If this system has access to other operating system’s manual pages, they can be accessed using this option. To search for a manual page from NewOS’s manual page collection, use the option -m NewOS.

The system specified can be a combination of comma delimited operating system names. To include a search of the native operating system’s manual pages, include the system name man in the argument string. This option will override the $SYSTEM environment variable.

-p string, --preprocessor=string

Specify the sequence of preprocessors to run before nroff or troff/groff. Not all installations will have a full set of preprocessors. Some of the preprocessors and the letters used to designate them are: eqn (e), grap (g), pic (p), tbl (t), vgrind (v), refer (r). This option overrides the $MANROFFSEQ environment variable. zsoelim is always run as the very first preprocessor.

-u, --update

The index database caches are updated ’on the fly’, that is, they do not require mandb to be run periodically to be kept consistent. If your chosen manual page is not located within the cache or the -a option is used, man will do a ’directory level’ consistency check to ensure that it’s caches are an accurate representation of the filesystem. To force an ’inode level’ consistency check prior to finding any manual pages, use option -u.

-t, --troff

Use /usr/bin/groff -mandoc to format the manual page to stdout. This option is not required in conjunction with either -T or -Z.

-T device, --troff-device [=device]

This option is used to change groff (or possibly troff’s) output to be suitable for a device other than the default. It implies -t. Examples (provided with Groff-1.09) include dvi, latin1, X75 and X100.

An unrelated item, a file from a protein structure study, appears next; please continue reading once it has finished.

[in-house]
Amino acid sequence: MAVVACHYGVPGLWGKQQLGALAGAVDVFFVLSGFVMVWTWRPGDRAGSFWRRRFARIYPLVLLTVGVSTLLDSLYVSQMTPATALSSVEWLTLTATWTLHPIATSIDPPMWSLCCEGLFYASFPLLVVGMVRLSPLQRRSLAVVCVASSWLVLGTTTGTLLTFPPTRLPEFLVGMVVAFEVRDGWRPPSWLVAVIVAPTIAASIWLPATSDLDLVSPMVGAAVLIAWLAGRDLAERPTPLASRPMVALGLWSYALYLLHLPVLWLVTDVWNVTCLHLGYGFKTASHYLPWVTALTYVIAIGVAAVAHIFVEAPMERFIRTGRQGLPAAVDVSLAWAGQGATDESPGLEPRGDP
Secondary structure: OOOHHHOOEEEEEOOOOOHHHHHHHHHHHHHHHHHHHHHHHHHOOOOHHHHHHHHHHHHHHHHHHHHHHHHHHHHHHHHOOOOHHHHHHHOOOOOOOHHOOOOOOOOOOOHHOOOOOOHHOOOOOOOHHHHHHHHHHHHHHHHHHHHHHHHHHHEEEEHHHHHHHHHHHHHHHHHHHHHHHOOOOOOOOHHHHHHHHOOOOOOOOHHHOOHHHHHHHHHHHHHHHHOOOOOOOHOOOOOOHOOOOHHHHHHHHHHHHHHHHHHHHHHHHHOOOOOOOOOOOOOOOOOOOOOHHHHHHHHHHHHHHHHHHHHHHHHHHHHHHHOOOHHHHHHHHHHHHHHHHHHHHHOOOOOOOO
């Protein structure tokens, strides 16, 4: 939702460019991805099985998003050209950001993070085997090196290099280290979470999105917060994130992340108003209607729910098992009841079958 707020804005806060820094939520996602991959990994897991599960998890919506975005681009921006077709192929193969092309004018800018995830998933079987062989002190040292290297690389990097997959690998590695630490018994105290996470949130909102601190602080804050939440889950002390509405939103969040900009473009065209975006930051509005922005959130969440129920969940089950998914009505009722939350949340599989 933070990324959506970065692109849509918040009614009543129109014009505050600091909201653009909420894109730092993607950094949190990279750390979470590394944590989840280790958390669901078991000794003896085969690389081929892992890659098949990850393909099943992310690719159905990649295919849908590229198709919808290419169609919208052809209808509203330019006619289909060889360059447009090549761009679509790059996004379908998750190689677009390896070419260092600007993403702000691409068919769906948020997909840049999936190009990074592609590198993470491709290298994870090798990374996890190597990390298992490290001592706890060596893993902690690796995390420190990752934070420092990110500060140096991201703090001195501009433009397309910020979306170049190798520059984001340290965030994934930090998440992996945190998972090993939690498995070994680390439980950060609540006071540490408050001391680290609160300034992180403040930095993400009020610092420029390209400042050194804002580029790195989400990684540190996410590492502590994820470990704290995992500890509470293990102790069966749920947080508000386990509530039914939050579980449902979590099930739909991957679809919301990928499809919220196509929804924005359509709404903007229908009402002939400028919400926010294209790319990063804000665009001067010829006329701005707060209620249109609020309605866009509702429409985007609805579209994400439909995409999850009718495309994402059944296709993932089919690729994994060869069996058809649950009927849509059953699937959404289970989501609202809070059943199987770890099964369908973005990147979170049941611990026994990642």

-Z, --ditroff

groff will run troff and then use an appropriate post-processor to produce output suitable for the chosen device. If /usr/bin/groff -mandoc is groff, this option is passed to groff and will suppress the use of a post-processor. It implies -t.

-w, --where, --location

Don’t actually display the manual pages, but do print the location(s) of the files that would be formatted or displayed. If the file is a cat file, also show the location of its source nroff file.

-V, --version

Display version and author information.



Successful program execution.


Usage, syntax or configuration file error.


Operational error.


A child process returned a non-zero exit status.


At least one of the pages/files/keywords didn’t exist or wasn’t matched.



If $MANPATH is set, its value is used as the path to search for manual pages.


If $MANROFFSEQ is set, its value is used to determine the set of preprocessors to pass each manual page through. The default preprocessor list is system dependent.


If $MANSECT is set, its value is a colon delimited list of sections and it is used to determine which manual sections to search and in what order.


If $PAGER is set, its value is used as the name of the program used to display the manual page. By default, less -s is used.


If $SYSTEM is set, it will have the same effect as option -m string where string will be taken as $SYSTEM’s contents.


If $MANOPT is set, it will be parsed prior to man’s command line and is expected to be in a similar format. As all of the other man specific environment variables can be expressed as command line options, and are thus candidates for being included in $MANOPT it is expected that they will become obsolete. N.B. All spaces that should be interpreted as part of an option’s argument must be escaped.


Depending on system and implementation, either or both of $LANG and $LC_MESSAGES will be interrogated for the current message locale. man will display it’s messages in that locale (if available). See setlocale(3) for precise details.



man_db configuration file.


A global manual page hierarchy.


A traditional global index database cache.


An alternate or FSSTND compliant global index database cache.


Example of an optional per-hierarchy nroff based formatter script.


Example of an optional per-hierarchy [tg]roff based formatter script used with -t.


mandb(8), manpath(1), manpath(5), apropos(1), whatis(1), catman(8), less(1), nroff(1), troff(1), groff(1), zsoelim(1), setlocale(3), ascii(7), latin1(7), FSSTND.


1990, 1991 - Originally written by John W. Eaton (

Dec 23 1992: Rik Faith ( applied bug fixes supplied by Willem Kasdorp (

April 30th, 1994 - July 12th, 1995: Wilf. ( has been developing and maintaining this package with the help of a few dedicated people.